The La Capra study also went on to estimate that South Carolina only has the practical potential for 665 MW of renewable generation within the next decade.

Many of those who have made their way to the Energy Office’s doors – or at least its web site – are transplants from other communities where lawmakers have been intent on making renewable energy technologies like solar, wind, and biomass both affordable and practical.

A case in point was a recent caller to Myer’s office who had relocated from New Jersey, was familiar with the Garden State’s extensive incentive program, and wondered by South Carolina wasn’t doing the same.

New Jersey’s solar program offers financing and incentives, underpinned by a streamlined administrative approval process. Residential wind and bio-power projects are also eligible for rebates, and the state is also offering substantial rebates to support feasibility studies for wind and bio-power projects larger than 100 KW of capacity, and an innovation wind technology incentive to support rebate payments based on the actual performance of installed turbines.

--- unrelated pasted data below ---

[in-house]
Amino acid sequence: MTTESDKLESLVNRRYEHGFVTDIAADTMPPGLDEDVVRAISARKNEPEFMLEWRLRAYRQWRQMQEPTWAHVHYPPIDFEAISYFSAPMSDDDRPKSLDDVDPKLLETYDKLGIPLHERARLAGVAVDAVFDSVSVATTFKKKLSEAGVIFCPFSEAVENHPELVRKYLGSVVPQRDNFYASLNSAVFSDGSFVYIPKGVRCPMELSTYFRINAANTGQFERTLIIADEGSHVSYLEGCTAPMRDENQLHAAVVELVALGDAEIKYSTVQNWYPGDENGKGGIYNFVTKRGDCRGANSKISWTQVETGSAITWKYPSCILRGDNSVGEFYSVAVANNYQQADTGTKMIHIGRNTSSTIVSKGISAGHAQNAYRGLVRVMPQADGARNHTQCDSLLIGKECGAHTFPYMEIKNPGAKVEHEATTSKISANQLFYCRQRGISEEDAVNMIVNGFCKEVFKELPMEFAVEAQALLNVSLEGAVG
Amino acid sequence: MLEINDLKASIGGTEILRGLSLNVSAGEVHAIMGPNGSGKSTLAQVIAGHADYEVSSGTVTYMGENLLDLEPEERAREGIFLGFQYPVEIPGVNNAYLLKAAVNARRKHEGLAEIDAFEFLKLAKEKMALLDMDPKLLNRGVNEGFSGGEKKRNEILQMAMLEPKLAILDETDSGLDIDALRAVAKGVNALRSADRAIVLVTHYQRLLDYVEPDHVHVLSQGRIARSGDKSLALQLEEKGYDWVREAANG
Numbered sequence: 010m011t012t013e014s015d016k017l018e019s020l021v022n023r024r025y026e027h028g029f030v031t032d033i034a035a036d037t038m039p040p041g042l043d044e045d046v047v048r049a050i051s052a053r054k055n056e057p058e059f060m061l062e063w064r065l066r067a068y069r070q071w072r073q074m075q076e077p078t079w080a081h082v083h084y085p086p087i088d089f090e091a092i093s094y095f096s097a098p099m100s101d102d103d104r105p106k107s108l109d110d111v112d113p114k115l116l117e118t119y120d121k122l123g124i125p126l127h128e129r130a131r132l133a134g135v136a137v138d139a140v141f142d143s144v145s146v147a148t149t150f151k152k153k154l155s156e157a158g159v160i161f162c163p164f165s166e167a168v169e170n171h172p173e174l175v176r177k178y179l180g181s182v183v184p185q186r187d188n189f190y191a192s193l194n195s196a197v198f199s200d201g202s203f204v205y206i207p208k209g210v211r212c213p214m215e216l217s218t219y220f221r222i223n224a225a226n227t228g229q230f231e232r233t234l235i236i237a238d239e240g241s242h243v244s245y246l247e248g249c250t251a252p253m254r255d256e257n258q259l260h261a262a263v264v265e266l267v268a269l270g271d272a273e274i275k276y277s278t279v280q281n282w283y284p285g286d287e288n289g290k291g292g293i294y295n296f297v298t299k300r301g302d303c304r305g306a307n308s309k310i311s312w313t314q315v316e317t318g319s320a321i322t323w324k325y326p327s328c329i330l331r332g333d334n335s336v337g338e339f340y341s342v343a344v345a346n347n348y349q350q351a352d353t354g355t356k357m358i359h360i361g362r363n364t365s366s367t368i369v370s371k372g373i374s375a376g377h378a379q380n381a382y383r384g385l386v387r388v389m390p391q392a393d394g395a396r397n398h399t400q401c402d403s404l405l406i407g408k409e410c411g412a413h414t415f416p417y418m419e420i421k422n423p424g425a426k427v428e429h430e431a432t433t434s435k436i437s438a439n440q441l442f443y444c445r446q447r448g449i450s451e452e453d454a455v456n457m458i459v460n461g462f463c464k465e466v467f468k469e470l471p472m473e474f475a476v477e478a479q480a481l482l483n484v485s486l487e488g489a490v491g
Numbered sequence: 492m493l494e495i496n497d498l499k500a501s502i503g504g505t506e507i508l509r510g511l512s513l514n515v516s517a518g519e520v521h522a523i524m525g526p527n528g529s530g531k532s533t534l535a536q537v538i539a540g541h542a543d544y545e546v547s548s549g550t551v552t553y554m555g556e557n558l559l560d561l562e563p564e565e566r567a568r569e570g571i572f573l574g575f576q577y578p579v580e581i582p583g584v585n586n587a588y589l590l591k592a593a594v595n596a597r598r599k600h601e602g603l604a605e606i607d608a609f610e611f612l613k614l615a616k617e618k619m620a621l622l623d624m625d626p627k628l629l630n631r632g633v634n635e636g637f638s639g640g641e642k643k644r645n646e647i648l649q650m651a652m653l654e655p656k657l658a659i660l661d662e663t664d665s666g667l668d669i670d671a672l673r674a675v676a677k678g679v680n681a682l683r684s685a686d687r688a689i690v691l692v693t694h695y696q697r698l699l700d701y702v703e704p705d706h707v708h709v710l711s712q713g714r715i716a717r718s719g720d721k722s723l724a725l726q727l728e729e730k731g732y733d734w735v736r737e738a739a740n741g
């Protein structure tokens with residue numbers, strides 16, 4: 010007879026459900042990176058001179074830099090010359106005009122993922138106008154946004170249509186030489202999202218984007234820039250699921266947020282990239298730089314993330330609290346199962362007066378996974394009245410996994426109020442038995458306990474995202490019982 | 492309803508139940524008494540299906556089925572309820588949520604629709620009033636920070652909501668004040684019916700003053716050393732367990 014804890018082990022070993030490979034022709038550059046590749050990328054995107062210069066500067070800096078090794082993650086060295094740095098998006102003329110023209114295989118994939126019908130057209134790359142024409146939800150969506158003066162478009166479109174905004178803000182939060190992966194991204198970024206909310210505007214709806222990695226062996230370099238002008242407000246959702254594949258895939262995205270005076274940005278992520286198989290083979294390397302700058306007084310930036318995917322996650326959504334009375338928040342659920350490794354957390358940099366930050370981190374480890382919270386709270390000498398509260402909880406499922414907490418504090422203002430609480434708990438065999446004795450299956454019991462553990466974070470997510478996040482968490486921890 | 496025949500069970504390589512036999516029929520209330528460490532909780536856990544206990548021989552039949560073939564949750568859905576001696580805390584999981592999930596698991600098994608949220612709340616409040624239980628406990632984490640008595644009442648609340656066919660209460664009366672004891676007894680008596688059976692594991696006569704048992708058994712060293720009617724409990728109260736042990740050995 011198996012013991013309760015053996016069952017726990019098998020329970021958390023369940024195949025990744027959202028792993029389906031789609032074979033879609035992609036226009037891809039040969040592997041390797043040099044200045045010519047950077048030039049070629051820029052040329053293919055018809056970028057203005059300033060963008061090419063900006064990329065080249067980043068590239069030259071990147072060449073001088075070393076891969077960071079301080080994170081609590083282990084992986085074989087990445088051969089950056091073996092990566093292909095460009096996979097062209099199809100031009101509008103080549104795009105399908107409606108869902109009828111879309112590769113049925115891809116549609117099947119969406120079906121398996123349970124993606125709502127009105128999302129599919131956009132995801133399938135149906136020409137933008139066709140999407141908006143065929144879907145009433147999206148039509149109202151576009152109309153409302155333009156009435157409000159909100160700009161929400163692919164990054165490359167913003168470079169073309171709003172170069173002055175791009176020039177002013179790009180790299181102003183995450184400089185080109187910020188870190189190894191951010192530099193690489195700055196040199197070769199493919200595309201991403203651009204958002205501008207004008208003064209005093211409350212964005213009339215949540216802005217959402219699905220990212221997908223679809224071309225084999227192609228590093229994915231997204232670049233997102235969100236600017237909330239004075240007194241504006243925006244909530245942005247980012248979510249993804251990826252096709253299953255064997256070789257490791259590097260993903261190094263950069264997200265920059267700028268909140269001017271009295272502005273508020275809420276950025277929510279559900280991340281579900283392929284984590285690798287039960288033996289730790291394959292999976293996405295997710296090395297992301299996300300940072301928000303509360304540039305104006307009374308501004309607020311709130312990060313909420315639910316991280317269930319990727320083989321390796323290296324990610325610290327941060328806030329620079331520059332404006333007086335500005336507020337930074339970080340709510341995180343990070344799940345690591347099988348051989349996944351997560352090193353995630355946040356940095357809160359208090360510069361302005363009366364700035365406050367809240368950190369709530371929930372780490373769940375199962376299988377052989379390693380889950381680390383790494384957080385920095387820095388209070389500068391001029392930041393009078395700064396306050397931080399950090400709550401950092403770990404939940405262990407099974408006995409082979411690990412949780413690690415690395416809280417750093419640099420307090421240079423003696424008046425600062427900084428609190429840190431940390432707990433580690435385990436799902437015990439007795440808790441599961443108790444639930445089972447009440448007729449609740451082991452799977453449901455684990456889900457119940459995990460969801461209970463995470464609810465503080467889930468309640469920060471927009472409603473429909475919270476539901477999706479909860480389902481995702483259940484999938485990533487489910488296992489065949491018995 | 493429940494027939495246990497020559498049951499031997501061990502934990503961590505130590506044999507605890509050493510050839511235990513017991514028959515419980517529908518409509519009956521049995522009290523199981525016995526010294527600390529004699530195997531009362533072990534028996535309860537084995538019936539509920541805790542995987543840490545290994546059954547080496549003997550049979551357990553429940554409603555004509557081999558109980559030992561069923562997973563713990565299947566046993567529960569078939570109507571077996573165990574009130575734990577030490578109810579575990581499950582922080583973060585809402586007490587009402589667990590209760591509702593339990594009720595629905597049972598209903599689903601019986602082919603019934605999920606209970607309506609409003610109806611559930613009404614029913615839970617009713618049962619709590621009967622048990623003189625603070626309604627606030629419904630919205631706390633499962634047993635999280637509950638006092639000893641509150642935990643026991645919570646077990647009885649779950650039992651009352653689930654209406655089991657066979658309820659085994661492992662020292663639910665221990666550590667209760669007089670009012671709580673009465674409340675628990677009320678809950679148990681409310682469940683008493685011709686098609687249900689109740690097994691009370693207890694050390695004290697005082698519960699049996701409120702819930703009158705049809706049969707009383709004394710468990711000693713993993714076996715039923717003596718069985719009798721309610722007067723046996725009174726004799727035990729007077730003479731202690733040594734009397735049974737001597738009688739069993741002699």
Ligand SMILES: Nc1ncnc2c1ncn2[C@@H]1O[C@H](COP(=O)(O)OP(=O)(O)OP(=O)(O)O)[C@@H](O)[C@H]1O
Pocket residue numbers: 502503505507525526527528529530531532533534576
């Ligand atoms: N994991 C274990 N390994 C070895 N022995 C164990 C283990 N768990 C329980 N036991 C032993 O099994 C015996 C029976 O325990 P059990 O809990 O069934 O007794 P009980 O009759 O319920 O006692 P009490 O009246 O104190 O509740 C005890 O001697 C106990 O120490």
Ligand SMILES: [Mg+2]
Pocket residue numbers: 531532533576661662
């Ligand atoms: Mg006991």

That’s not to say South Carolina doesn’t have any incentives on its books. In 2007 it enacted the Energy Freedom and Rural Development Act, which provided a corporate tax credit of 25 percent of eligible costs for use of landfill gas and biomass. And it also offers tax credits for various forms of solar power as well as small hydroelectric applications.

In addition there are a number of loans, rebates and discounts offered by the various utilities around the state.

“I would say our biomass incentives are among the best in the country,” Myers said. “We have very good incentives for alternative transportation fuels, and while out ethanol incentives aren’t as great as Minnesota, they’re certainly competitive.

“At the same time, I think we’ve been able to do some very unique things when it comes to incentives for those at the distribution level,” she said.